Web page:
Object Recognition using Moments of the Signature Histogram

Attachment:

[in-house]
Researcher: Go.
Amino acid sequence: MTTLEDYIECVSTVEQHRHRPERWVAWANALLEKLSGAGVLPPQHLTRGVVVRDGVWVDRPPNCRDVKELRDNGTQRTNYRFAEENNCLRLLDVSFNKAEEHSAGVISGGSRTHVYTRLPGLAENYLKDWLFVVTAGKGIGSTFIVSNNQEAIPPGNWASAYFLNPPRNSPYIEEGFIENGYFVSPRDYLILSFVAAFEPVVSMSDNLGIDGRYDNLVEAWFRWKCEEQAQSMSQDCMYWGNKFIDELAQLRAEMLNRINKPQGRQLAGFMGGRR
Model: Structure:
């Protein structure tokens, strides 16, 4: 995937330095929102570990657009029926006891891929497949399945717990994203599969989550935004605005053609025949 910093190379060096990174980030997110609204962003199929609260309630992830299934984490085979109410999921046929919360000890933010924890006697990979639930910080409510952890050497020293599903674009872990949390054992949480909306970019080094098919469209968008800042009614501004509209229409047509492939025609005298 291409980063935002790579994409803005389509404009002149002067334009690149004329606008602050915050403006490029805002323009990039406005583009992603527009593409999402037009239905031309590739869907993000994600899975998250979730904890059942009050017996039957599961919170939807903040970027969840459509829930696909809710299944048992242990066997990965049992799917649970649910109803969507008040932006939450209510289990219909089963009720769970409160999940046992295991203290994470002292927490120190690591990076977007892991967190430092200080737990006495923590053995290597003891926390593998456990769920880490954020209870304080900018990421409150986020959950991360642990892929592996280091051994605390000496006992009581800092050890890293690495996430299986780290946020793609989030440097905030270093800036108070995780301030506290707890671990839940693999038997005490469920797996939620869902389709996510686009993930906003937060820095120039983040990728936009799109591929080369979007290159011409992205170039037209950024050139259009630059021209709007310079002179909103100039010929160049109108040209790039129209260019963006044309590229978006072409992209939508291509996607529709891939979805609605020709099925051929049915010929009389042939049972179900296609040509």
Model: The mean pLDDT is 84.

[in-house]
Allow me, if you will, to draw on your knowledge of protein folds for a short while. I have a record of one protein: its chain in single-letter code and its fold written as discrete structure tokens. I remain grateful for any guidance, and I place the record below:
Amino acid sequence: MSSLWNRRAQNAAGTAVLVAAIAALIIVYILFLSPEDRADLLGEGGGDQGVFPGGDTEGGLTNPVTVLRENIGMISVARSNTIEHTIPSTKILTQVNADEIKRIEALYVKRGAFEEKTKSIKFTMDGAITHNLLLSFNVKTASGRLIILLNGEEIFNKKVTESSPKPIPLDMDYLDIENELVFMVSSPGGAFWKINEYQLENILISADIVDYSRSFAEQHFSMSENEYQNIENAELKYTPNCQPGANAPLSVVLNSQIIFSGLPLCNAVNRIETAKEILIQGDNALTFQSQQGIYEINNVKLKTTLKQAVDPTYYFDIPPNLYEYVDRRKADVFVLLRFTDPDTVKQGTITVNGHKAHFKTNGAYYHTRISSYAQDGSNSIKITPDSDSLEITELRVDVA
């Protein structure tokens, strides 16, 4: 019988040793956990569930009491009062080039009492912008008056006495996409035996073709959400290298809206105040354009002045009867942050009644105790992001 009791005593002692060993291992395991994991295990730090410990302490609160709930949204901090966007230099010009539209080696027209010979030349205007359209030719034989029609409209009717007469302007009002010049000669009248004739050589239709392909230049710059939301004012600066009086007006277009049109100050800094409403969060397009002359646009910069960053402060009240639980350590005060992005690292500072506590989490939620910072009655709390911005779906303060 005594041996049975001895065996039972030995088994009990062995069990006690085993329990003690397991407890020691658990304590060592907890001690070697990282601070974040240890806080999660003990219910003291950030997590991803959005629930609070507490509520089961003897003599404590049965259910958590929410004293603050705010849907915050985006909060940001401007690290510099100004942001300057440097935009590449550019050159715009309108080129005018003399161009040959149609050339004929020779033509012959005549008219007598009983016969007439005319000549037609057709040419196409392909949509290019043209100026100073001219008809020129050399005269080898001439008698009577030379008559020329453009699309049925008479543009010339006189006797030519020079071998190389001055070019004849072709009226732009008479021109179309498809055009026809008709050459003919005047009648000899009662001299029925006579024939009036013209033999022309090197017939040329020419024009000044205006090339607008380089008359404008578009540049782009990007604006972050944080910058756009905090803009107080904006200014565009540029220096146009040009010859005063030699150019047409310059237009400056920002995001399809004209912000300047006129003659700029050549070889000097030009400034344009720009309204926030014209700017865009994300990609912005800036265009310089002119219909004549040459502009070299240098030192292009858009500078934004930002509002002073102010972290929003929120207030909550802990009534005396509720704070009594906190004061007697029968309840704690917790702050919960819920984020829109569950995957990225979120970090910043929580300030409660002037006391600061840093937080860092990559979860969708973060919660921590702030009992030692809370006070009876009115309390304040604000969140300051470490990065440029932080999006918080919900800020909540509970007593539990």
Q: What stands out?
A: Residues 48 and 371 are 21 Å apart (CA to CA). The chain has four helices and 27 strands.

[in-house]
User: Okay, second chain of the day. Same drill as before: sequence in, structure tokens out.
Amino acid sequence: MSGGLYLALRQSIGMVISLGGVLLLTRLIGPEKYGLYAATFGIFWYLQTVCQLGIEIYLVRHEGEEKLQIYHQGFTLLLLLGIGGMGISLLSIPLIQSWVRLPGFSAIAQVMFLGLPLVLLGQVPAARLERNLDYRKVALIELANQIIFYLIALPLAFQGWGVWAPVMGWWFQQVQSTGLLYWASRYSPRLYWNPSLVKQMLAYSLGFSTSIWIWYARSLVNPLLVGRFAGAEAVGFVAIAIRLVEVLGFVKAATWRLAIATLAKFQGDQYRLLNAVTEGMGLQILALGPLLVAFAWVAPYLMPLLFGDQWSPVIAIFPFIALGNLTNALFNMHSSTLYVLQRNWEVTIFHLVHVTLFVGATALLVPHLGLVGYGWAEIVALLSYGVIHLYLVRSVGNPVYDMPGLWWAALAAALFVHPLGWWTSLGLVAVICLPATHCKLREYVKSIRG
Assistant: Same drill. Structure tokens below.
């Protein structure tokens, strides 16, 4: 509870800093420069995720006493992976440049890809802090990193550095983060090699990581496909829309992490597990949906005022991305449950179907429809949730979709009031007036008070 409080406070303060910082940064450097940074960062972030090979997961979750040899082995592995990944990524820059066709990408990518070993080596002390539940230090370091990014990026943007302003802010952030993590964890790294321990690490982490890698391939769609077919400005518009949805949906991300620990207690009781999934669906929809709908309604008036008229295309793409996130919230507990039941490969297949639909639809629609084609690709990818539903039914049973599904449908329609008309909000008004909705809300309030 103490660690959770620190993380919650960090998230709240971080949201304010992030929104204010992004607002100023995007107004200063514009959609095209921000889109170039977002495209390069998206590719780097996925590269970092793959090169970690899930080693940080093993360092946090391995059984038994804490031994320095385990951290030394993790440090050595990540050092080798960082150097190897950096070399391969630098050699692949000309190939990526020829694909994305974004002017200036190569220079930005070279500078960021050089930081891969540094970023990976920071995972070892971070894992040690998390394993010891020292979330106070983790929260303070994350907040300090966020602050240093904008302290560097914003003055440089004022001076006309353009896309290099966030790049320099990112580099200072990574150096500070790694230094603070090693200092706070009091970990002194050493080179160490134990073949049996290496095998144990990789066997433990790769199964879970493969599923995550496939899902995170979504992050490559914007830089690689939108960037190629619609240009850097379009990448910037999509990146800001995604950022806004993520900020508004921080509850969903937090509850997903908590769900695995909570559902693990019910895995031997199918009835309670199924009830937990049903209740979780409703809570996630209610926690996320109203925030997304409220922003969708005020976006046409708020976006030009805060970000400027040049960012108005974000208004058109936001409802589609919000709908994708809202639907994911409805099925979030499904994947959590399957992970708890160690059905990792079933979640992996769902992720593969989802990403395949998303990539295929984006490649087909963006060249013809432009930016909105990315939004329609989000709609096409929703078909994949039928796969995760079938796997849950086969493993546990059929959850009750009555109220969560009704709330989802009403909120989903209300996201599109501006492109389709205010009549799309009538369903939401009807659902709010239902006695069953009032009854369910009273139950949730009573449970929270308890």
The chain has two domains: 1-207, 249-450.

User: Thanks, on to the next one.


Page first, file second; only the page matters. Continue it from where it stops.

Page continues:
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The amount of digital information generated each day is increasing at a very high rate. Our ability to understand and make sense of such large amounts of unstructured data depends on efficient and reliable methods to automate analysis and classification. Still and motion imagery make up a large part of this ever expanding digital universe and therefore methods that target images and video data are increasingly important. The field of image processing has grown to meet this demand and, in particular, techniques for recognizing objects are playing a central role in this field. Digital image processing is a continuum of processes and procedures. This paper is concerned with mid-level image processing, involving segmentation of an image into regions or objects, description of those objects, as well as recognition, and classification of those objects. Specifically, techniques and methods to recognize individual objects in images are investigated. The goal of this thesis is to address the problem of analyzing and matching image objects. To achieve this goal, the use of statistical moments of the object signature is investigated. An object signature is derived by taking the Euclidean distance from the centroid of the object to every pixel on the boundary of the object. A relative frequency histogram is constructed from the object signature and then used to approximate a probability density function for the signature. Statistical moments are then applied to the histogram to generate a novel set of descriptors that are invariant to rotation, translation, and scaling. Existing techniques that utilize moments of the entire image are examined along with moments applied to just the object contour. Additionally, the use of two-dimensional Fourier Descriptors applied to the object contour are considered as well as one- dimensional Fourier Descriptors applied to the object signature. Finally, moments applied directly to the object signature are investigated. Experiments are performed to evaluate and compare these techniques with the method introduced in this work. Recognition accuracy as well as the quality of recognition are used to differentiate between the various techniques. The results of the experiments show the method introduced in this work, statistical moments of the histogram of the object signature, proves to be a viable alternative to the other methods discussed. In particular, since only the center bin-values of the constructed histogram are used to calculate moments, the computational costs are orders of magnitude smaller than the computational cost of other methods considered in this thesis. In addition, the effect of binning the data when constructing the histogram compensates for noise introduced by scaling and rotation, resulting in an improvement in the quality of recognition over several of the other methods investigated.